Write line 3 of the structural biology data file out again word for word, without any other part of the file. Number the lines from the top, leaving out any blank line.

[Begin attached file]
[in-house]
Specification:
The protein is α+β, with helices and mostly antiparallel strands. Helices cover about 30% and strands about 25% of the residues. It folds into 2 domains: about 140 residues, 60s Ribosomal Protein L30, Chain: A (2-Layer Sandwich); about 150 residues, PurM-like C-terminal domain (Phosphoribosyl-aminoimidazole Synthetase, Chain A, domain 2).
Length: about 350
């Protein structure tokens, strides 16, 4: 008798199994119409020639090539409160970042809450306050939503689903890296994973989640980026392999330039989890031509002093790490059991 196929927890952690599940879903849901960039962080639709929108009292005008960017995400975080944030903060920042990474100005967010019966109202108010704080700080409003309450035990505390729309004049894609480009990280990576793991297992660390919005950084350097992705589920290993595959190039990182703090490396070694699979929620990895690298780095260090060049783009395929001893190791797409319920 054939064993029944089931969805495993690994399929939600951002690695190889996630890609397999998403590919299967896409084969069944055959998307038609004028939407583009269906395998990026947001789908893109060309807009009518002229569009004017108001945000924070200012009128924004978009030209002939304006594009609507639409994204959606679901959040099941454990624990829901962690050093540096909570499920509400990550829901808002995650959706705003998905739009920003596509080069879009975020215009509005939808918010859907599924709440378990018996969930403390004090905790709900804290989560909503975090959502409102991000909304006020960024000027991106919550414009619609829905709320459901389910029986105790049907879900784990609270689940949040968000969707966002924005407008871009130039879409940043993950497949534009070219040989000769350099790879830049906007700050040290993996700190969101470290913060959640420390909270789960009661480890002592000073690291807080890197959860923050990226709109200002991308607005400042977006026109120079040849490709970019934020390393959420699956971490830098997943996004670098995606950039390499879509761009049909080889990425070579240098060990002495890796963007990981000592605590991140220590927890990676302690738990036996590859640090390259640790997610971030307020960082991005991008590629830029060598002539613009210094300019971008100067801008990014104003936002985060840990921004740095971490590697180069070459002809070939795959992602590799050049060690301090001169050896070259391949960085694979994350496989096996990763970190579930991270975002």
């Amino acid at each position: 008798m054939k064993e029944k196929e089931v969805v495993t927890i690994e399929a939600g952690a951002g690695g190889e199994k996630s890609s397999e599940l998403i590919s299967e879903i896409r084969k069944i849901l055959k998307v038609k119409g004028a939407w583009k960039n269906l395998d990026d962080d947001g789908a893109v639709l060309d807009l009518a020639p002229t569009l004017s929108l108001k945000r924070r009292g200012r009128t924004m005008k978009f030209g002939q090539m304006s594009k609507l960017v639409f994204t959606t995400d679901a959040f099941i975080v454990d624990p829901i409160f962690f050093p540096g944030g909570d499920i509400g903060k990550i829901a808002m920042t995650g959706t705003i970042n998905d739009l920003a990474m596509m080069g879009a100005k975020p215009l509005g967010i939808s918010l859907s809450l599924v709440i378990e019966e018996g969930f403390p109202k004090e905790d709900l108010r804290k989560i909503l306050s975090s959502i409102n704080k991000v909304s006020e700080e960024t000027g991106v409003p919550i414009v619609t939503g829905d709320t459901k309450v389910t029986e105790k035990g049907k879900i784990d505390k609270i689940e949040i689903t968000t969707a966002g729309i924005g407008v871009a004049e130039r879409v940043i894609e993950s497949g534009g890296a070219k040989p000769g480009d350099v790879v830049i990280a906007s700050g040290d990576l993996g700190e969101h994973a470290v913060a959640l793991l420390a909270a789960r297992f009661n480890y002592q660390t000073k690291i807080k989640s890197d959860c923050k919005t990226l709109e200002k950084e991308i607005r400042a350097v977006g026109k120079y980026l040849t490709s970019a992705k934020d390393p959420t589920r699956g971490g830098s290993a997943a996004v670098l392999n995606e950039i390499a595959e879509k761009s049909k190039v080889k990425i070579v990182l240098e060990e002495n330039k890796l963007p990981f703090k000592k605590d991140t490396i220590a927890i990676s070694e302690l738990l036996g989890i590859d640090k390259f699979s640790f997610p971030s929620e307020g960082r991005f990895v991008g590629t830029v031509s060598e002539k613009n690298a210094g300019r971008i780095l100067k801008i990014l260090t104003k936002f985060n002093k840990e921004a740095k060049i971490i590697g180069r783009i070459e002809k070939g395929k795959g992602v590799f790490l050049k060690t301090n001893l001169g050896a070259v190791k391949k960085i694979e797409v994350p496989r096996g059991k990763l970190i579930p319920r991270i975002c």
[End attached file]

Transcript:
The protein is α+β, with helices and mostly antiparallel strands. Helices cover about 30% and strands about 25% of the residues. It folds into 2 domains: about 140 residues, 60s Ribosomal Protein L30, Chain: A (2-Layer Sandwich); about 150 residues, PurM-like C-terminal domain (Phosphoribosyl-aminoimidazole Synthetase, Chain A, domain 2).